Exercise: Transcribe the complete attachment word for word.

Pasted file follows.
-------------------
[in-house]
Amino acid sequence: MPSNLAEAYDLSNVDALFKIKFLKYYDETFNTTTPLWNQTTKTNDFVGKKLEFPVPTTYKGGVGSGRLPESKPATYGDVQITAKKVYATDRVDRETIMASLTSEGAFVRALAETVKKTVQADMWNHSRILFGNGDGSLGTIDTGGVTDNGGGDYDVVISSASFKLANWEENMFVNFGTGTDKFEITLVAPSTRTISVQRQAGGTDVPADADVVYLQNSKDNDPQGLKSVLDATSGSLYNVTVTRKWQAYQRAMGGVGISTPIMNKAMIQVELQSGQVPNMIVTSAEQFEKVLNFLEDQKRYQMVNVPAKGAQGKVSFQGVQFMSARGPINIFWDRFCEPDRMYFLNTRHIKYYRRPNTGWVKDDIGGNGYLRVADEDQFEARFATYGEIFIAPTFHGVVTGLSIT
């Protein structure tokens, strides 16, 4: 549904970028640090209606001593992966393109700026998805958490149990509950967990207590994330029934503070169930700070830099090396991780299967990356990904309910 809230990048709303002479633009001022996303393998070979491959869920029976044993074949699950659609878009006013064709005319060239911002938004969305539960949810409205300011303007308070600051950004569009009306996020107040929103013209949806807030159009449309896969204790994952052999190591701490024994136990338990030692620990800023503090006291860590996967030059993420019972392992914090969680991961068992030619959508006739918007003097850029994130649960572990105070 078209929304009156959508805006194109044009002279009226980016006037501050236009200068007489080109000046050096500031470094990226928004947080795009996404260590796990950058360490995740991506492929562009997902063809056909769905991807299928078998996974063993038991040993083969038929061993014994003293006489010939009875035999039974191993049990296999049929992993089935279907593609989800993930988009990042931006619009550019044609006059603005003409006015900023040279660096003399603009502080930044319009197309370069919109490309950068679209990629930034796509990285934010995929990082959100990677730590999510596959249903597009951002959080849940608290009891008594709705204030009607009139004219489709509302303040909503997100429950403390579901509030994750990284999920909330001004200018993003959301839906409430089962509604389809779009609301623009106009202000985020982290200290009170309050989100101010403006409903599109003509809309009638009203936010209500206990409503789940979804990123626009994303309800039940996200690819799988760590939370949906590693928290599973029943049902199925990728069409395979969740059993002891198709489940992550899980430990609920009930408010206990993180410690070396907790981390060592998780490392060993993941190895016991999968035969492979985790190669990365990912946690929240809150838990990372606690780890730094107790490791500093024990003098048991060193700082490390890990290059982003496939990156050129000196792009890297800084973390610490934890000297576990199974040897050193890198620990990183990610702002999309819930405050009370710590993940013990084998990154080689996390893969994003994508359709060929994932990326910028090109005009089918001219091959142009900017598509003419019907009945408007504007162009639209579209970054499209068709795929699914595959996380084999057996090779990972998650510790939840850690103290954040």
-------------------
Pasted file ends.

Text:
[in-house]
Amino acid sequence: MPSNLAEAYDLSNVDALFKIKFLKYYDETFNTTTPLWNQTTKTNDFVGKKLEFPVPTTYKGGVGSGRLPESKPATYGDVQITAKKVYATDRVDRETIMASLTSEGAFVRALAETVKKTVQADMWNHSRILFGNGDGSLGTIDTGGVTDNGGGDYDVVISSASFKLANWEENMFVNFGTGTDKFEITLVAPSTRTISVQRQAGGTDVPADADVVYLQNSKDNDPQGLKSVLDATSGSLYNVTVTRKWQAYQRAMGGVGISTPIMNKAMIQVELQSGQVPNMIVTSAEQFEKVLNFLEDQKRYQMVNVPAKGAQGKVSFQGVQFMSARGPINIFWDRFCEPDRMYFLNTRHIKYYRRPNTGWVKDDIGGNGYLRVADEDQFEARFATYGEIFIAPTFHGVVTGLSIT
């Protein structure tokens, strides 16, 4: 549904970028640090209606001593992966393109700026998805958490149990509950967990207590994330029934503070169930700070830099090396991780299967990356990904309910 809230990048709303002479633009001022996303393998070979491959869920029976044993074949699950659609878009006013064709005319060239911002938004969305539960949810409205300011303007308070600051950004569009009306996020107040929103013209949806807030159009449309896969204790994952052999190591701490024994136990338990030692620990800023503090006291860590996967030059993420019972392992914090969680991961068992030619959508006739918007003097850029994130649960572990105070 078209929304009156959508805006194109044009002279009226980016006037501050236009200068007489080109000046050096500031470094990226928004947080795009996404260590796990950058360490995740991506492929562009997902063809056909769905991807299928078998996974063993038991040993083969038929061993014994003293006489010939009875035999039974191993049990296999049929992993089935279907593609989800993930988009990042931006619009550019044609006059603005003409006015900023040279660096003399603009502080930044319009197309370069919109490309950068679209990629930034796509990285934010995929990082959100990677730590999510596959249903597009951002959080849940608290009891008594709705204030009607009139004219489709509302303040909503997100429950403390579901509030994750990284999920909330001004200018993003959301839906409430089962509604389809779009609301623009106009202000985020982290200290009170309050989100101010403006409903599109003509809309009638009203936010209500206990409503789940979804990123626009994303309800039940996200690819799988760590939370949906590693928290599973029943049902199925990728069409395979969740059993002891198709489940992550899980430990609920009930408010206990993180410690070396907790981390060592998780490392060993993941190895016991999968035969492979985790190669990365990912946690929240809150838990990372606690780890730094107790490791500093024990003098048991060193700082490390890990290059982003496939990156050129000196792009890297800084973390610490934890000297576990199974040897050193890198620990990183990610702002999309819930405050009370710590993940013990084998990154080689996390893969994003994508359709060929994932990326910028090109005009089918001219091959142009900017598509003419019907009945408007504007162009639209579209970054499209068709795929699914595959996380084999057996090779990972998650510790939840850690103290954040």